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Heliae makes progress on astaxanthin, pivots to feed in DHA production

By Hank Schultz

28-Mar-2017
Last updated on 28-Mar-2017 at 21:59 GMT2017-03-28T21:59:37Z

Heliae used a cover pond system to grow Haematococcus pluvialis. Heliae photo.
Heliae used a cover pond system to grow Haematococcus pluvialis. Heliae photo.

Algae ingredients producer Heliae has taken steps toward commercial viability with new certifications on its astaxanthin products and launch of new finished products. In addition, the company has reached a supply deal for biomass arising from its DHA oil development.

Heliae recently announced two new certifications on its astaxanthin which is produced from Haematococcus pluvias.  The products, labeled as TruAzta 10% oleoresin and the newly introduced  TruAzta 5% oleoresin products, have received vegan and vegetarian certifications from Vegan Action and The Vegetarian Society organizations, respectively.

We are taking the steps necessary to make more people comfortable with the products, said Len Smith, chief business officer of Heliae.

The company also announced a milestone with teh launch yesterday of an astaxanthin finished product with the TruAzta logo on the label.  The products, called California GOLD Nutrition, will be offered on the iHerb e-commerce site.

Manufacturers have options when it comes to sourcing astaxanthin for their products, but TruAzta by Heliae represents a unique value proposition among astaxanthin ingredients, due to Heliaes unique production method, quality, and pricing. We adopted the TruAztabrand to emphasize these unique qualities of our product and our dedication to balancing natural production methods with purity, Smith said.

AzCATI spinoff

Heliae has been developing it proprietary ‘mixatrophic’ approach to algae development at a facility in Gilbert, AZ for several years. The company got its start as a spinoff from the Arizona Center Algae Technology and Innovation (AzCATI), a research institute associated with Arizona State University.  New technologies for both biofuel and ‘coproducts’ production have been pioneered at the center, where the rubber meets the road in terms of reality vs. promise.

Microalgae has been seen as a source of almost unlimited potential for the production of various valuable chemicals, including dietary ingredients. But the promises and projections made by algae promoters have unfortunately seemed almost unlimited, too. While it has been possible to demonstrate at bench scale the production of a number of dietary supplement and food ingredients including carotenoids, proteins and various oils via algae cultivation, scaling these projects up has proven to be a larger hurdle than some developers at first envisioned.  A number of algae companies have claimed repeatedly to be months away from full scale production until they disappear from the map for want of capital.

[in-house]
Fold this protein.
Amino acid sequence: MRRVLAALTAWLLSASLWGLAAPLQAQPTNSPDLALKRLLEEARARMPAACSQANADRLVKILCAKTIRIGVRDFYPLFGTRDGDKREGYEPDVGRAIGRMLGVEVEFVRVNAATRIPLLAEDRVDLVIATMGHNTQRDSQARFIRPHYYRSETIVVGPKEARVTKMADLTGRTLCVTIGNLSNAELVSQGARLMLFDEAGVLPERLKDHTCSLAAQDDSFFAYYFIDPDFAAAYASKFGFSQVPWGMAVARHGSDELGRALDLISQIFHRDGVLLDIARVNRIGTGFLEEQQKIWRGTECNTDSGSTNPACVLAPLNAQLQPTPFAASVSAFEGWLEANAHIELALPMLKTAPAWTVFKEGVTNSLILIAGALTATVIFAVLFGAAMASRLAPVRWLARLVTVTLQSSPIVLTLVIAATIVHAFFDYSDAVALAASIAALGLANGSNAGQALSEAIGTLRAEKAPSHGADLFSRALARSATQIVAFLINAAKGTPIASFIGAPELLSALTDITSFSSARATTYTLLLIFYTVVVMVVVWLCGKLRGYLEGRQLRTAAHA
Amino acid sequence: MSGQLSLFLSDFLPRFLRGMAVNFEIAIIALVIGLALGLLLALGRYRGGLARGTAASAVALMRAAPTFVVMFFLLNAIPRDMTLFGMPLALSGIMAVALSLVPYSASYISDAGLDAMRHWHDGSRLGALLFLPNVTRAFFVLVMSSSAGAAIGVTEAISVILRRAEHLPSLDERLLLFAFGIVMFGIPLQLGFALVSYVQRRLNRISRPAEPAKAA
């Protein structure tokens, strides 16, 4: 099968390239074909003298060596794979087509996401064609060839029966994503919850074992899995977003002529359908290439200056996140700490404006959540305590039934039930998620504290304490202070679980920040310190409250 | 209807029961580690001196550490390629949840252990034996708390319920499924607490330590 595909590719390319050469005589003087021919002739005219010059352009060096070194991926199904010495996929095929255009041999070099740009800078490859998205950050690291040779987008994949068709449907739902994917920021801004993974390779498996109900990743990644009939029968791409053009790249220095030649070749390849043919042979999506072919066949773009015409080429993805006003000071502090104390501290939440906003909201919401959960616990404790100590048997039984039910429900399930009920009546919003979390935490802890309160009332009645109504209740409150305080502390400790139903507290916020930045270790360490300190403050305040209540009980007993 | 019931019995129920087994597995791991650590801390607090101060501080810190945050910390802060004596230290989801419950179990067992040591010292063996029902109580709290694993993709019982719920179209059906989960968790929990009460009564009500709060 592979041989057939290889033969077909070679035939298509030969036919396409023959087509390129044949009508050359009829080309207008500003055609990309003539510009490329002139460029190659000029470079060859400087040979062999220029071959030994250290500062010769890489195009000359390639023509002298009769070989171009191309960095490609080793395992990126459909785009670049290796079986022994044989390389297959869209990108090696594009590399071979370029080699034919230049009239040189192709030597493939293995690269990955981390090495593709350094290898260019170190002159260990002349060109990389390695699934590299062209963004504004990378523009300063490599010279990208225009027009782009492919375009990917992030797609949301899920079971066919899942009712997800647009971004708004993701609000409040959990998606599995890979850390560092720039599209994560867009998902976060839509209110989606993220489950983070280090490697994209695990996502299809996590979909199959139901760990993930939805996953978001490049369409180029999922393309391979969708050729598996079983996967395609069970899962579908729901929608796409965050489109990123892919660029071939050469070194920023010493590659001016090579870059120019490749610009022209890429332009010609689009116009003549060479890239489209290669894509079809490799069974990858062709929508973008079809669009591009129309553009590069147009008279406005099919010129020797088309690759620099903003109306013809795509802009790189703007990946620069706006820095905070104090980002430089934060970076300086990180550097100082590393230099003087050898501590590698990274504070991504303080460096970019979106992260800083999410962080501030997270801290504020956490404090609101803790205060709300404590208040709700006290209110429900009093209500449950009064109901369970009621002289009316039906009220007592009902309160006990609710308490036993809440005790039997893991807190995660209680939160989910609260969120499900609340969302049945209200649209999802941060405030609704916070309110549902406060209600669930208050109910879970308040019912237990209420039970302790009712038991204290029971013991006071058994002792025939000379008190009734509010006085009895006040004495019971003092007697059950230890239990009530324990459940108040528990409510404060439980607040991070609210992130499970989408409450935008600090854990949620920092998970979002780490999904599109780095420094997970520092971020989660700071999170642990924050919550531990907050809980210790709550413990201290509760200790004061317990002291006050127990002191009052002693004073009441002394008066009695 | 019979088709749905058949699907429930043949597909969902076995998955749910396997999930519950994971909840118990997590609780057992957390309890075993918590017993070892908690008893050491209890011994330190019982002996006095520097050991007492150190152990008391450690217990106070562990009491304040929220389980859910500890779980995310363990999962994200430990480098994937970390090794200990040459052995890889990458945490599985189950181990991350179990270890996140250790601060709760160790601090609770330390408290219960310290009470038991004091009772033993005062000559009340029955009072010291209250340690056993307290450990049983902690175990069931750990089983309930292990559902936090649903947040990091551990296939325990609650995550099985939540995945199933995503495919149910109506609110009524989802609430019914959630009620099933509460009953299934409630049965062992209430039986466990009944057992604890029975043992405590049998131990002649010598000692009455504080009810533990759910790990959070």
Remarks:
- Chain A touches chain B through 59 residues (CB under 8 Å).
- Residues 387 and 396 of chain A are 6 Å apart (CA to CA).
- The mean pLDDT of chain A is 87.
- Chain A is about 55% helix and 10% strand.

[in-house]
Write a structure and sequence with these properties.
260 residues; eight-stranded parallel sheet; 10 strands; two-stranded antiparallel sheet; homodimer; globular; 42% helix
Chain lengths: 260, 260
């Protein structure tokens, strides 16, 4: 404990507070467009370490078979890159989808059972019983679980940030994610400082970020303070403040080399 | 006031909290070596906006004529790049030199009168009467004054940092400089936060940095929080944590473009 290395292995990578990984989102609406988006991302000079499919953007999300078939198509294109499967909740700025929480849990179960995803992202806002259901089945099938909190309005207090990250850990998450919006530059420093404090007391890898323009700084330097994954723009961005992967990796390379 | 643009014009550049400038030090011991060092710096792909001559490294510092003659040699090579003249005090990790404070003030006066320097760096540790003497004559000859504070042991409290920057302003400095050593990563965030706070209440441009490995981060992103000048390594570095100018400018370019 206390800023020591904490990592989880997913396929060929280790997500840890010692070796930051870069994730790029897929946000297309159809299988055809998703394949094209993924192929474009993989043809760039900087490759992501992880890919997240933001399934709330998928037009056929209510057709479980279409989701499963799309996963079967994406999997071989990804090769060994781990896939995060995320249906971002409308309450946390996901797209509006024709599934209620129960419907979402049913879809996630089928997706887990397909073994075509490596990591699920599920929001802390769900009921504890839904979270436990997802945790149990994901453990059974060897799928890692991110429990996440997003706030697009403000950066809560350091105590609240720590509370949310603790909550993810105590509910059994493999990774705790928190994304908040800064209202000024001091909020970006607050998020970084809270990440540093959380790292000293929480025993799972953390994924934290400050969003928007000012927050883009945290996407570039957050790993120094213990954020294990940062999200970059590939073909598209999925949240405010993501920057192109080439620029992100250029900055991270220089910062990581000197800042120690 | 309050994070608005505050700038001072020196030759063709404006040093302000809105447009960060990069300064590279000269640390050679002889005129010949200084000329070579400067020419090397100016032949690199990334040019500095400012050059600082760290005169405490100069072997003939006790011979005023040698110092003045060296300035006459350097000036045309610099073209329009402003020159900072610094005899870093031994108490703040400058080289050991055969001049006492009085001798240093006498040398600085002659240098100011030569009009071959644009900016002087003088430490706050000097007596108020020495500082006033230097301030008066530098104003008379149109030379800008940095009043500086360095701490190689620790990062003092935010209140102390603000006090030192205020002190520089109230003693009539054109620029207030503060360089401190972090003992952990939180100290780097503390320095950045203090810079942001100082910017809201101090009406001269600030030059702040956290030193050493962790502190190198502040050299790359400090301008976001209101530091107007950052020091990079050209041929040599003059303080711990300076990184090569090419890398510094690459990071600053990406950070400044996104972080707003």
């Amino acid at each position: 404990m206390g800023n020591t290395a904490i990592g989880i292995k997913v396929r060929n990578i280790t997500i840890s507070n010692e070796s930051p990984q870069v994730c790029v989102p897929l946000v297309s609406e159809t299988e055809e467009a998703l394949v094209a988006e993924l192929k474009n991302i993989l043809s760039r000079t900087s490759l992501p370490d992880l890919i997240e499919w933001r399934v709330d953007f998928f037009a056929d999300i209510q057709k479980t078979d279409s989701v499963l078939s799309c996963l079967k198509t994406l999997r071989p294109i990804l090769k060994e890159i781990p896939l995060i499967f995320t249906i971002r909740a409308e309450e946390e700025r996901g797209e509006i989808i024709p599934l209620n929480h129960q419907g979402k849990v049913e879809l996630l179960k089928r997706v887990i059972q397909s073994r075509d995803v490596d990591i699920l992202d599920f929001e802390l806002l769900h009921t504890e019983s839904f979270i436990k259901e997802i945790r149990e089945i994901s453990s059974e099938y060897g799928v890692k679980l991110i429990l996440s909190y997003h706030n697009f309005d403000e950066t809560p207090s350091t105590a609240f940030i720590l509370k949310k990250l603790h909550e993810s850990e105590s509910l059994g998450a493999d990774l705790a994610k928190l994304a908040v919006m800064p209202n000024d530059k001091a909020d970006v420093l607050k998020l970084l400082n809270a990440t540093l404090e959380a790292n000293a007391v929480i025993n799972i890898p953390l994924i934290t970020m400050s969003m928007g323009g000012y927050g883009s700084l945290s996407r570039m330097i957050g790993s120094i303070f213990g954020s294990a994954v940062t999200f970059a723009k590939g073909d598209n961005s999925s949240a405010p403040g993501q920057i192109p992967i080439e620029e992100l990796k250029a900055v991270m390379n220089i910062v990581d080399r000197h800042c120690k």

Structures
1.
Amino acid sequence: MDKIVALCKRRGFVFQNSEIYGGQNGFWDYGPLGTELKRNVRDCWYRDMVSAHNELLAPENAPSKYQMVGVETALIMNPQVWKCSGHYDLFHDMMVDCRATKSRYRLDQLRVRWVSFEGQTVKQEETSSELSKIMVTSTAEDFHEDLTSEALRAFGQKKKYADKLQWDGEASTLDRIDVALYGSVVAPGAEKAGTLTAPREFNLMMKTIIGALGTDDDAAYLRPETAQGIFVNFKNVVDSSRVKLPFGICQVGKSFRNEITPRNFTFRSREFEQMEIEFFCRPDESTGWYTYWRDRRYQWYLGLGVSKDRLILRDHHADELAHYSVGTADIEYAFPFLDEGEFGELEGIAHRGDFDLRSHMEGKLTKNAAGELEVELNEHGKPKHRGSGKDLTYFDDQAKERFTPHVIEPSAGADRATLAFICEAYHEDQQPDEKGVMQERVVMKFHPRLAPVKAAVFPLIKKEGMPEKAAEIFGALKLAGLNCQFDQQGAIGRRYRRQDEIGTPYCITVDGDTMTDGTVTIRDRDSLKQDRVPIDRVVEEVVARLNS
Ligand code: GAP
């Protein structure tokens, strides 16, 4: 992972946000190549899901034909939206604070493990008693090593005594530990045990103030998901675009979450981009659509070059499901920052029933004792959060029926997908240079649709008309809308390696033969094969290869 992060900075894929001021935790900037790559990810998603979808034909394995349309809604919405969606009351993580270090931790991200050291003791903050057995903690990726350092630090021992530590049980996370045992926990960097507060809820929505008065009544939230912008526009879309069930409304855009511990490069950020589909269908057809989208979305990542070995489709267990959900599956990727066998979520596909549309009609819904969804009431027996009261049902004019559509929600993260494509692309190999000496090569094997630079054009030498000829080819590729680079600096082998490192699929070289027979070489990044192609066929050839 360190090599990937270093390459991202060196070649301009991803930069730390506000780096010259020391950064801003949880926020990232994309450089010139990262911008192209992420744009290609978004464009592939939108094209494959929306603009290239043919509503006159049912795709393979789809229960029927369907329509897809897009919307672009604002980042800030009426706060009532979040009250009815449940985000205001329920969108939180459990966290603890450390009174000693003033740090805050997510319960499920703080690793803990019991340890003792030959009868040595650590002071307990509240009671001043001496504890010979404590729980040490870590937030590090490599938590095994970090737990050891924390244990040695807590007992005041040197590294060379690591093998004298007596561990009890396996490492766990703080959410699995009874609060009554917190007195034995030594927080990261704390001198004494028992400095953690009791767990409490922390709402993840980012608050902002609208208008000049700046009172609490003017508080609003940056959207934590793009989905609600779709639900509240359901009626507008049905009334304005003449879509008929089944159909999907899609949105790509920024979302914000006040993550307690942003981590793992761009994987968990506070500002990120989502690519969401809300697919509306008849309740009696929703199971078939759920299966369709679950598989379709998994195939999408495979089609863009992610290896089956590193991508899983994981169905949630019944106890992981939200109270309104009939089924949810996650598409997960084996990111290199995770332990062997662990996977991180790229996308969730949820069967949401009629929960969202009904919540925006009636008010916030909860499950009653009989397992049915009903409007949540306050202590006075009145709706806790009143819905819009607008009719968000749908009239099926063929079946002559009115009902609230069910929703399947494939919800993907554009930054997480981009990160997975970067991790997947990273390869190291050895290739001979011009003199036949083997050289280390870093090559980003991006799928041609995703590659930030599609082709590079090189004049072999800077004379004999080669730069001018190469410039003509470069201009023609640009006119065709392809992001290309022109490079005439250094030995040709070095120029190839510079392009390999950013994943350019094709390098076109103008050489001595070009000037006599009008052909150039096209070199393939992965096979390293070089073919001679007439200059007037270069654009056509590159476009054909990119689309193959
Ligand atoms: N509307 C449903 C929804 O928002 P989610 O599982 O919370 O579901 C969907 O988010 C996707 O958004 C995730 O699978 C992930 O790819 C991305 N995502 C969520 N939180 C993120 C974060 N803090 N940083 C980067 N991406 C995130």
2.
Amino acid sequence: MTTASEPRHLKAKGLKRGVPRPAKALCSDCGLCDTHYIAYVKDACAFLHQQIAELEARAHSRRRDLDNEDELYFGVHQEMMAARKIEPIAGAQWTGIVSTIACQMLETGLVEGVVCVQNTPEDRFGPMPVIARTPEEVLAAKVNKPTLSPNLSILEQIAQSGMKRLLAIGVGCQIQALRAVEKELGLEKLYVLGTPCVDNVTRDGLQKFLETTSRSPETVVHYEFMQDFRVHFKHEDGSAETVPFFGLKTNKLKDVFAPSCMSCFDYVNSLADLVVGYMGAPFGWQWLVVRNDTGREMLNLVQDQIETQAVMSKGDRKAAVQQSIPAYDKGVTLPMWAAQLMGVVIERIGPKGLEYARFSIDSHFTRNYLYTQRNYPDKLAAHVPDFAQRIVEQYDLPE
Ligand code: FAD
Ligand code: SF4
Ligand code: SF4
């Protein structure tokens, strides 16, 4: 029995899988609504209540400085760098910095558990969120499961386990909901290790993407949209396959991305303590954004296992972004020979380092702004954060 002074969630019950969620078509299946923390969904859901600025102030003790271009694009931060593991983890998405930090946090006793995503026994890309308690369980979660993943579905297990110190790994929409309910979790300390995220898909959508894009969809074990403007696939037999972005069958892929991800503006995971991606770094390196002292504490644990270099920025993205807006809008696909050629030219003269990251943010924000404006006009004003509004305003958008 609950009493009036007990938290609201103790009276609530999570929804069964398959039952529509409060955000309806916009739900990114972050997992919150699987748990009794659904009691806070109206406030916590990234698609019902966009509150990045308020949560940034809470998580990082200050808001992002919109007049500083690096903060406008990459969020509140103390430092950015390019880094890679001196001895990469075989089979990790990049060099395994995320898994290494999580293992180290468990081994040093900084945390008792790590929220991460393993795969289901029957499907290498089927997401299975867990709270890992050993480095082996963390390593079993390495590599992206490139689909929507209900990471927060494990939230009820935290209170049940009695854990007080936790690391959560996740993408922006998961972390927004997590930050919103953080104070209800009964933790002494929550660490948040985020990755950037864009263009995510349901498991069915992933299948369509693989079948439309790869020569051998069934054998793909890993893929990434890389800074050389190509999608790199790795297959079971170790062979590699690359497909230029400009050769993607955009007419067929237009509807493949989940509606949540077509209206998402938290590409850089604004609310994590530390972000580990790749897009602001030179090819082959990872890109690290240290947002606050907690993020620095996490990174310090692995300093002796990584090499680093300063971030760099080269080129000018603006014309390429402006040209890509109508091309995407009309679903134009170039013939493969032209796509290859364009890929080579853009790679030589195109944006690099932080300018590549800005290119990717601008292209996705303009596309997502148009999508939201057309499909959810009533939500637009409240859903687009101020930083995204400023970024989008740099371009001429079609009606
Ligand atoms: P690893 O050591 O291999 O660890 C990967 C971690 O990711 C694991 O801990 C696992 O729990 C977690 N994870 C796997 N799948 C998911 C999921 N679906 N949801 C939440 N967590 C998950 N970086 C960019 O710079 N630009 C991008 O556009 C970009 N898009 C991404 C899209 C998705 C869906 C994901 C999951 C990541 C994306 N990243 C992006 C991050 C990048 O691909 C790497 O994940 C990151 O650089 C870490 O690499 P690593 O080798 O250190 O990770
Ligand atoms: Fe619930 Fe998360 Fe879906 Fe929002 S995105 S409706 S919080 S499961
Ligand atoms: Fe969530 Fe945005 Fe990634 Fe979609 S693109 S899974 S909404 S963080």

Like the technologies tested at AzCATI, Heliae is involved with both photosynthetic and fermentation-like production modes. The company has designed a hybrid production technology, which marries aspects of phototrophic and heterotrophic (fermentation-like) algae, in a plug-and-play way so that it can be quickly adapted to new sites and environments and can also be quickly scaled up.  The company has focused on two areas for the moment: astaxanthin production in covered raceway ponds and the development of a DHA-rich oil from a heterotrophic production system.

Rising demand in aquaculture

This latter ingredient stream has been hot in the algae space recently as the old Martek (now part of DSM) patents expire.  But for Heliae that development has taken a bit of a left turn, Smith said, as the company was offered an opportunity that was too good to ignore.  Aquaculture products specialist Syndel USA, based in Seattle, WA, agreed to buy all of the heterotrophic biomass production from Heliae to use as fish food.  This development points to one of the issues that has complicated ingredient development from algae.  What targets are best for development stage companies?  Do they invest for a long-term goal of stable production of a given ingredient?  Or do they pivot to near-term opportunities that might crop up in an effort to get some needed revenue? At least for the moment Heliae has chosen the latter course in its DHA development program.

We are a little bit delayed because we finalized an off take agreement for all of our production this year in the aquaculture space,Smith said.

Human nutrition remains ultimate goal

Using oil produced by microalgae as a substitute for fish oil in aquaculture feeds seems to have a bright future.  According to animal nutrition specialist Alltech, which produces feed ingredients from algae at a facility in Kentucky, the aquaculture industry experienced a 12% increase in feed production in 2016, to 39.9 million metric tons.  The comprehensiveness of Heliae’s deal with Syndel would seem to indicate demand in this realm is outstripping supply, and Heliae might find it hard to justify a move back toward human nutrition products.  But Smith said dietary ingredients for supplements and functional foods remains the long term goal.

For us and our backers we are excited about the industry overall. When we built our largest astaxanthin production facility, which is about an acre under glass, we saw improved productivity. We have a nice, stable investor base and they are in it for the long haul.  For the DHA ingredient, we are now looking at into next year before we can launch in the human nutrition space, he said.

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